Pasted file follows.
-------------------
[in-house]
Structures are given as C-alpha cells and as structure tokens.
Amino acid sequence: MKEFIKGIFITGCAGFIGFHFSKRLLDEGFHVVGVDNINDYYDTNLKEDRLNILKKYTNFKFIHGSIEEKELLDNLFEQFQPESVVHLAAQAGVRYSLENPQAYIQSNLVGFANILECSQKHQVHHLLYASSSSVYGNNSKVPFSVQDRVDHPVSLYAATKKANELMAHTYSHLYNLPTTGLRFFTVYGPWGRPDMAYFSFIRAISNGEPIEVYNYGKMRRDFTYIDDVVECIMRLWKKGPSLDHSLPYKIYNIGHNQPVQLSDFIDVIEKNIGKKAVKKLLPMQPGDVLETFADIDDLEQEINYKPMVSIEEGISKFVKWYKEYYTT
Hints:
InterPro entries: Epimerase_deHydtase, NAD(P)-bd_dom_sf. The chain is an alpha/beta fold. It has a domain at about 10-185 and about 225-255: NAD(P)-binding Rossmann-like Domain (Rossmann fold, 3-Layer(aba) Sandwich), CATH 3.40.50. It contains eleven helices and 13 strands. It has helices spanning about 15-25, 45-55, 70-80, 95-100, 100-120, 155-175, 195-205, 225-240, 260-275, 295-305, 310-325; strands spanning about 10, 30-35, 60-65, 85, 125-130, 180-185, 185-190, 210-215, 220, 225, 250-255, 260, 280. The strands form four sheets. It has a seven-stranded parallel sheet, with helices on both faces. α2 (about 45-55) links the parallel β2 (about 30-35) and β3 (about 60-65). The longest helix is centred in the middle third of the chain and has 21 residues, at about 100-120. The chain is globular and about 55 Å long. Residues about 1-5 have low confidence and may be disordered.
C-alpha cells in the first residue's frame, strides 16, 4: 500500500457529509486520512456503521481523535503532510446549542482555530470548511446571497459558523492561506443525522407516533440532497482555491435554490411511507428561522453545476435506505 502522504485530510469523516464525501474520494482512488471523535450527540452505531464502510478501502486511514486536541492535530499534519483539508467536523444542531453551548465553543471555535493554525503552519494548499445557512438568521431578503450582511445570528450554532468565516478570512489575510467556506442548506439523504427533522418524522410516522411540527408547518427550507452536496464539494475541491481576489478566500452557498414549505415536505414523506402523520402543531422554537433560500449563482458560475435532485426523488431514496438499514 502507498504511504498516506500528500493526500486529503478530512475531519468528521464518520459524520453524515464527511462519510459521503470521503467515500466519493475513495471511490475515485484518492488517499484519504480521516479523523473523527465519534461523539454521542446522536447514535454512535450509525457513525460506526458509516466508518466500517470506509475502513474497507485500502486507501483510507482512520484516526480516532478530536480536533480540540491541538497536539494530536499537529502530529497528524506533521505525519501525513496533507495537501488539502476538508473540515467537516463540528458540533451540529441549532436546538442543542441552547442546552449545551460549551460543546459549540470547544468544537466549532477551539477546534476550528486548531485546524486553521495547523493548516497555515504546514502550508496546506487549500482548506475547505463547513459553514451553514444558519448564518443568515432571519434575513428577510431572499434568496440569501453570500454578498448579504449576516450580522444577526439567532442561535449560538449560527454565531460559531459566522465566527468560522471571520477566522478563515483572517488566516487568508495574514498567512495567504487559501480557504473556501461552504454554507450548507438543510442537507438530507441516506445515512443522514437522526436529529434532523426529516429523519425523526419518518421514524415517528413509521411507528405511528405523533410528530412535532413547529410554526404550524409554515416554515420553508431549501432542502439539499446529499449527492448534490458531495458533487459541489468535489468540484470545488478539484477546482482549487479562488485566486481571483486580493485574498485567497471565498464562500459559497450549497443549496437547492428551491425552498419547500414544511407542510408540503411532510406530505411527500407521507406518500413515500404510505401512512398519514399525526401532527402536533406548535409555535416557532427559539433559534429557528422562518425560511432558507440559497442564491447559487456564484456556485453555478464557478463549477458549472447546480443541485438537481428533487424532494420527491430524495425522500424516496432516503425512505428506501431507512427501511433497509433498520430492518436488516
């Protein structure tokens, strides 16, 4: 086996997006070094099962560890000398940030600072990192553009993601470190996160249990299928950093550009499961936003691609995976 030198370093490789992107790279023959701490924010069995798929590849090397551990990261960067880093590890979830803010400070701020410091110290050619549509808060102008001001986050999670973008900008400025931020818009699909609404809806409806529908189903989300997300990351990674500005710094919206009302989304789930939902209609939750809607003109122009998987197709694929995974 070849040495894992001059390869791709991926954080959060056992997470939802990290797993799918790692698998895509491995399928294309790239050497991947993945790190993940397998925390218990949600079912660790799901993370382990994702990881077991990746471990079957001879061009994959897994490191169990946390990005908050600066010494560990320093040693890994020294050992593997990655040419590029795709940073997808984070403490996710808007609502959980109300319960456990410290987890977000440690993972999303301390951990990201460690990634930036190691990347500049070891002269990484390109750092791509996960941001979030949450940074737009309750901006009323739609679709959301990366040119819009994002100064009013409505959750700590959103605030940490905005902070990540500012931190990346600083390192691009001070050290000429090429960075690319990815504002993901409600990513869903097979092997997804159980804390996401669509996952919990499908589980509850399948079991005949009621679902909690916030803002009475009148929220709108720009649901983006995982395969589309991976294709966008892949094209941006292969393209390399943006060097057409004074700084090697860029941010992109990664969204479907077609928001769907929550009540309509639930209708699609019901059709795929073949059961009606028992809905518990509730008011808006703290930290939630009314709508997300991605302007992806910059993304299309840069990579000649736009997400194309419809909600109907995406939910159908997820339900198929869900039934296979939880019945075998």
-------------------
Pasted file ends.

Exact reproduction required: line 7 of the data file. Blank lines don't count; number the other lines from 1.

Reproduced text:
């Protein structure tokens, strides 16, 4: 086996997006070094099962560890000398940030600072990192553009993601470190996160249990299928950093550009499961936003691609995976 030198370093490789992107790279023959701490924010069995798929590849090397551990990261960067880093590890979830803010400070701020410091110290050619549509808060102008001001986050999670973008900008400025931020818009699909609404809806409806529908189903989300997300990351990674500005710094919206009302989304789930939902209609939750809607003109122009998987197709694929995974 070849040495894992001059390869791709991926954080959060056992997470939802990290797993799918790692698998895509491995399928294309790239050497991947993945790190993940397998925390218990949600079912660790799901993370382990994702990881077991990746471990079957001879061009994959897994490191169990946390990005908050600066010494560990320093040693890994020294050992593997990655040419590029795709940073997808984070403490996710808007609502959980109300319960456990410290987890977000440690993972999303301390951990990201460690990634930036190691990347500049070891002269990484390109750092791509996960941001979030949450940074737009309750901006009323739609679709959301990366040119819009994002100064009013409505959750700590959103605030940490905005902070990540500012931190990346600083390192691009001070050290000429090429960075690319990815504002993901409600990513869903097979092997997804159980804390996401669509996952919990499908589980509850399948079991005949009621679902909690916030803002009475009148929220709108720009649901983006995982395969589309991976294709966008892949094209941006292969393209390399943006060097057409004074700084090697860029941010992109990664969204479907077609928001769907929550009540309509639930209708699609019901059709795929073949059961009606028992809905518990509730008011808006703290930290939630009314709508997300991605302007992806910059993304299309840069990579000649736009997400194309419809909600109907995406939910159908997820339900198929869900039934296979939880019945075998």